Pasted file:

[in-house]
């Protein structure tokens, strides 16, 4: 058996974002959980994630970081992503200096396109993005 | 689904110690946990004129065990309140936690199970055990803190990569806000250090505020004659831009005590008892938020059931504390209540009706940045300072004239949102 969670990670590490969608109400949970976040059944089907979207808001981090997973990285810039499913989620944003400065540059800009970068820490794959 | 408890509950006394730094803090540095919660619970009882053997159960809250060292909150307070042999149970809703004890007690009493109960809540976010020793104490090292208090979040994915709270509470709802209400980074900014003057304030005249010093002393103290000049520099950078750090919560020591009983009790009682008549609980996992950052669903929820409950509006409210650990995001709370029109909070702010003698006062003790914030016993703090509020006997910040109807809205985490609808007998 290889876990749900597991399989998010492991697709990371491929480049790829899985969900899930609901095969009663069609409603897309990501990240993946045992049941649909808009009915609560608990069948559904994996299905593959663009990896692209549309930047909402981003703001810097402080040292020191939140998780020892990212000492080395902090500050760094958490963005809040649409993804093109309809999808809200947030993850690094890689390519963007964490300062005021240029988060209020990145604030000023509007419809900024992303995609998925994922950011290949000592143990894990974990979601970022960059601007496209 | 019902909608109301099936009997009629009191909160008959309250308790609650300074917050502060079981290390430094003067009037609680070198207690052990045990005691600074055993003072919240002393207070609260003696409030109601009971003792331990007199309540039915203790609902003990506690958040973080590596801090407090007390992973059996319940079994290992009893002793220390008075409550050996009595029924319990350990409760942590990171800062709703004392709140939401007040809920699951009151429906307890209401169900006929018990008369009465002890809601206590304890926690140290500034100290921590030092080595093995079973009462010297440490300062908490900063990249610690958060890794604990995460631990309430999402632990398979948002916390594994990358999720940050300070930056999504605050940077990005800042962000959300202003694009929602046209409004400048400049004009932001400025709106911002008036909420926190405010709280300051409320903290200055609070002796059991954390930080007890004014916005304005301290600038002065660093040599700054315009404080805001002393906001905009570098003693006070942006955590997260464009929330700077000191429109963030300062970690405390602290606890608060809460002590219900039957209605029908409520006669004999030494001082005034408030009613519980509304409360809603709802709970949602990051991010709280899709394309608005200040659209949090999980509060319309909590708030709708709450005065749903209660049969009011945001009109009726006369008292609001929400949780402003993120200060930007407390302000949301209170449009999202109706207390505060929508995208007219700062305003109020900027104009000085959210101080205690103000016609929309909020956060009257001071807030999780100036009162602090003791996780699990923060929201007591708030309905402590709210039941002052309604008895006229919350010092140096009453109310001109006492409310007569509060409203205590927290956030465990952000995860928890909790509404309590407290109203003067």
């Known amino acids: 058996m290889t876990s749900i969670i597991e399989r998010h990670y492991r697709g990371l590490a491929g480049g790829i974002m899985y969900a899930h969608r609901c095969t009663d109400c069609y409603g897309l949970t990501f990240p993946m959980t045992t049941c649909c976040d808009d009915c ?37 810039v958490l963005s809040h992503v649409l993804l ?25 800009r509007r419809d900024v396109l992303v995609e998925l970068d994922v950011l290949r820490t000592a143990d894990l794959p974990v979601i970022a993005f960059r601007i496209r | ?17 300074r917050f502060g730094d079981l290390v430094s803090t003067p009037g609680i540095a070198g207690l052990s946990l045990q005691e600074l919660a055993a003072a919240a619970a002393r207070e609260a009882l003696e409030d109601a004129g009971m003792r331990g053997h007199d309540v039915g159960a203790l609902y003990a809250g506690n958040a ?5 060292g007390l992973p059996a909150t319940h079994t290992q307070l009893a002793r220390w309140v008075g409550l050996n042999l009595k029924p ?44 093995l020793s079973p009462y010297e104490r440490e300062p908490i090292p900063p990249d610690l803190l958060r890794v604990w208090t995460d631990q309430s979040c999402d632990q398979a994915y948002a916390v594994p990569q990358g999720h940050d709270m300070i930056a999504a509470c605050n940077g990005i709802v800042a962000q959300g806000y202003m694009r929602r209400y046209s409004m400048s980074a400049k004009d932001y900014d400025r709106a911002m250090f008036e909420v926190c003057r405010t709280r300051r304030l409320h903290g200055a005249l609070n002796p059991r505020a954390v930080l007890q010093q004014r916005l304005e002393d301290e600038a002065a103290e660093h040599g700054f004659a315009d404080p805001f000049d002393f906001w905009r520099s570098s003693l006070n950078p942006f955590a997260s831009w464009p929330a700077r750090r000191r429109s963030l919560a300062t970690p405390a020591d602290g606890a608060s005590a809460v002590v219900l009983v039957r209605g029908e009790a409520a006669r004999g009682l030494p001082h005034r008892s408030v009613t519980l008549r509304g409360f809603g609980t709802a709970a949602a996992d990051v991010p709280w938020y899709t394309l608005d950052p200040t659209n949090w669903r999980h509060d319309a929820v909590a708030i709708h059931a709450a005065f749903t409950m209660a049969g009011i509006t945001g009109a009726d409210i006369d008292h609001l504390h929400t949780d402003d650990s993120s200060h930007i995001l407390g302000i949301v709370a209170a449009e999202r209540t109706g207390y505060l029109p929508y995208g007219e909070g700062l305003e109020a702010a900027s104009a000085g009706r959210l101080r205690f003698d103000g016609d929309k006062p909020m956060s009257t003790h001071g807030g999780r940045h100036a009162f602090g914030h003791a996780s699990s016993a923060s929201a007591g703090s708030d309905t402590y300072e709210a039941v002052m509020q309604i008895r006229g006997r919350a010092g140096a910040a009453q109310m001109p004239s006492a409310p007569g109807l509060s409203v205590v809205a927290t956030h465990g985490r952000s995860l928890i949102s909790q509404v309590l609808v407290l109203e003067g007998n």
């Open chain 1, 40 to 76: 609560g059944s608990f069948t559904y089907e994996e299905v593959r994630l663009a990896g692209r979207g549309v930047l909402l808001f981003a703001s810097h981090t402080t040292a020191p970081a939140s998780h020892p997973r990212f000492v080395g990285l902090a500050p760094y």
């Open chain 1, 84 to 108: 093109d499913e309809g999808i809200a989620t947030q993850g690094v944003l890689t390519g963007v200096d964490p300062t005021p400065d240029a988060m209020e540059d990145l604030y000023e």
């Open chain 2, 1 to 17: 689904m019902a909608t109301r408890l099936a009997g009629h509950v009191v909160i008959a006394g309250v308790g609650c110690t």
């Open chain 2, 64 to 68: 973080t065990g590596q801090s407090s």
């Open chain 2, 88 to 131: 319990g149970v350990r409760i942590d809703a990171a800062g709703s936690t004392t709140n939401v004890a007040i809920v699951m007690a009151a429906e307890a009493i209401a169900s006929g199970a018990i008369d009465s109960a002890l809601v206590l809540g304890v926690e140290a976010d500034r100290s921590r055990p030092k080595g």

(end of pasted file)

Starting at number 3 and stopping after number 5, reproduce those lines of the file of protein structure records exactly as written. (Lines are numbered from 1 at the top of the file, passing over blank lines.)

């Known amino acids: 058996m290889t876990s749900i969670i597991e399989r998010h990670y492991r697709g990371l590490a491929g480049g790829i974002m899985y969900a899930h969608r609901c095969t009663d109400c069609y409603g897309l949970t990501f990240p993946m959980t045992t049941c649909c976040d808009d009915c ?37 810039v958490l963005s809040h992503v649409l993804l ?25 800009r509007r419809d900024v396109l992303v995609e998925l970068d994922v950011l290949r820490t000592a143990d894990l794959p974990v979601i970022a993005f960059r601007i496209r | ?17 300074r917050f502060g730094d079981l290390v430094s803090t003067p009037g609680i540095a070198g207690l052990s946990l045990q005691e600074l919660a055993a003072a919240a619970a002393r207070e609260a009882l003696e409030d109601a004129g009971m003792r331990g053997h007199d309540v039915g159960a203790l609902y003990a809250g506690n958040a ?5 060292g007390l992973p059996a909150t319940h079994t290992q307070l009893a002793r220390w309140v008075g409550l050996n042999l009595k029924p ?44 093995l020793s079973p009462y010297e104490r440490e300062p908490i090292p900063p990249d610690l803190l958060r890794v604990w208090t995460d631990q309430s979040c999402d632990q398979a994915y948002a916390v594994p990569q990358g999720h940050d709270m300070i930056a999504a509470c605050n940077g990005i709802v800042a962000q959300g806000y202003m694009r929602r209400y046209s409004m400048s980074a400049k004009d932001y900014d400025r709106a911002m250090f008036e909420v926190c003057r405010t709280r300051r304030l409320h903290g200055a005249l609070n002796p059991r505020a954390v930080l007890q010093q004014r916005l304005e002393d301290e600038a002065a103290e660093h040599g700054f004659a315009d404080p805001f000049d002393f906001w905009r520099s570098s003693l006070n950078p942006f955590a997260s831009w464009p929330a700077r750090r000191r429109s963030l919560a300062t970690p405390a020591d602290g606890a608060s005590a809460v002590v219900l009983v039957r209605g029908e009790a409520a006669r004999g009682l030494p001082h005034r008892s408030v009613t519980l008549r509304g409360f809603g609980t709802a709970a949602a996992d990051v991010p709280w938020y899709t394309l608005d950052p200040t659209n949090w669903r999980h509060d319309a929820v909590a708030i709708h059931a709450a005065f749903t409950m209660a049969g009011i509006t945001g009109a009726d409210i006369d008292h609001l504390h929400t949780d402003d650990s993120s200060h930007i995001l407390g302000i949301v709370a209170a449009e999202r209540t109706g207390y505060l029109p929508y995208g007219e909070g700062l305003e109020a702010a900027s104009a000085g009706r959210l101080r205690f003698d103000g016609d929309k006062p909020m956060s009257t003790h001071g807030g999780r940045h100036a009162f602090g914030h003791a996780s699990s016993a923060s929201a007591g703090s708030d309905t402590y300072e709210a039941v002052m509020q309604i008895r006229g006997r919350a010092g140096a910040a009453q109310m001109p004239s006492a409310p007569g109807l509060s409203v205590v809205a927290t956030h465990g985490r952000s995860l928890i949102s909790q509404v309590l609808v407290l109203e003067g007998n």
């Open chain 1, 40 to 76: 609560g059944s608990f069948t559904y089907e994996e299905v593959r994630l663009a990896g692209r979207g549309v930047l909402l808001f981003a703001s810097h981090t402080t040292a020191p970081a939140s998780h020892p997973r990212f000492v080395g990285l902090a500050p760094y």
């Open chain 1, 84 to 108: 093109d499913e309809g999808i809200a989620t947030q993850g690094v944003l890689t390519g963007v200096d964490p300062t005021p400065d240029a988060m209020e540059d990145l604030y000023e």